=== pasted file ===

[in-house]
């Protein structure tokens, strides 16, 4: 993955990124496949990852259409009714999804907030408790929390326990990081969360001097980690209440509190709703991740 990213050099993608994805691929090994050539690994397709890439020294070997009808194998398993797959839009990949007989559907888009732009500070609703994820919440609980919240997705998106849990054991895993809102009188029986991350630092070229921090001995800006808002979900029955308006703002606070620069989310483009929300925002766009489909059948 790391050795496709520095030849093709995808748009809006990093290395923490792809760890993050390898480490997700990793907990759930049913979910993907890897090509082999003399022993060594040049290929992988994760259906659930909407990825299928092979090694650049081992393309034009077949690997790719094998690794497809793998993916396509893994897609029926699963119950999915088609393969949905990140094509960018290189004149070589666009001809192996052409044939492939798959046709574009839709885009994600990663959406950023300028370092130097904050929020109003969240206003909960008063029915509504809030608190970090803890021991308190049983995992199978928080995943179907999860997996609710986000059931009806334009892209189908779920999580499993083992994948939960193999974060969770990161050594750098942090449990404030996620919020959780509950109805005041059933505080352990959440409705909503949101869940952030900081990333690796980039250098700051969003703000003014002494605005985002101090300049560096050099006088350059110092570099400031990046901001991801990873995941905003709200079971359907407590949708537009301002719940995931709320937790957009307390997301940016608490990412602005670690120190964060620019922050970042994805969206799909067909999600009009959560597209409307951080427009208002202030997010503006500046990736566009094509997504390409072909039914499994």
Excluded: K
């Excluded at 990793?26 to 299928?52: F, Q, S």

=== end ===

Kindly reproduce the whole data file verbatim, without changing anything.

[in-house]
């Protein structure tokens, strides 16, 4: 993955990124496949990852259409009714999804907030408790929390326990990081969360001097980690209440509190709703991740 990213050099993608994805691929090994050539690994397709890439020294070997009808194998398993797959839009990949007989559907888009732009500070609703994820919440609980919240997705998106849990054991895993809102009188029986991350630092070229921090001995800006808002979900029955308006703002606070620069989310483009929300925002766009489909059948 790391050795496709520095030849093709995808748009809006990093290395923490792809760890993050390898480490997700990793907990759930049913979910993907890897090509082999003399022993060594040049290929992988994760259906659930909407990825299928092979090694650049081992393309034009077949690997790719094998690794497809793998993916396509893994897609029926699963119950999915088609393969949905990140094509960018290189004149070589666009001809192996052409044939492939798959046709574009839709885009994600990663959406950023300028370092130097904050929020109003969240206003909960008063029915509504809030608190970090803890021991308190049983995992199978928080995943179907999860997996609710986000059931009806334009892209189908779920999580499993083992994948939960193999974060969770990161050594750098942090449990404030996620919020959780509950109805005041059933505080352990959440409705909503949101869940952030900081990333690796980039250098700051969003703000003014002494605005985002101090300049560096050099006088350059110092570099400031990046901001991801990873995941905003709200079971359907407590949708537009301002719940995931709320937790957009307390997301940016608490990412602005670690120190964060620019922050970042994805969206799909067909999600009009959560597209409307951080427009208002202030997010503006500046990736566009094509997504390409072909039914499994």
Excluded: K
């Excluded at 990793?26 to 299928?52: F, Q, S």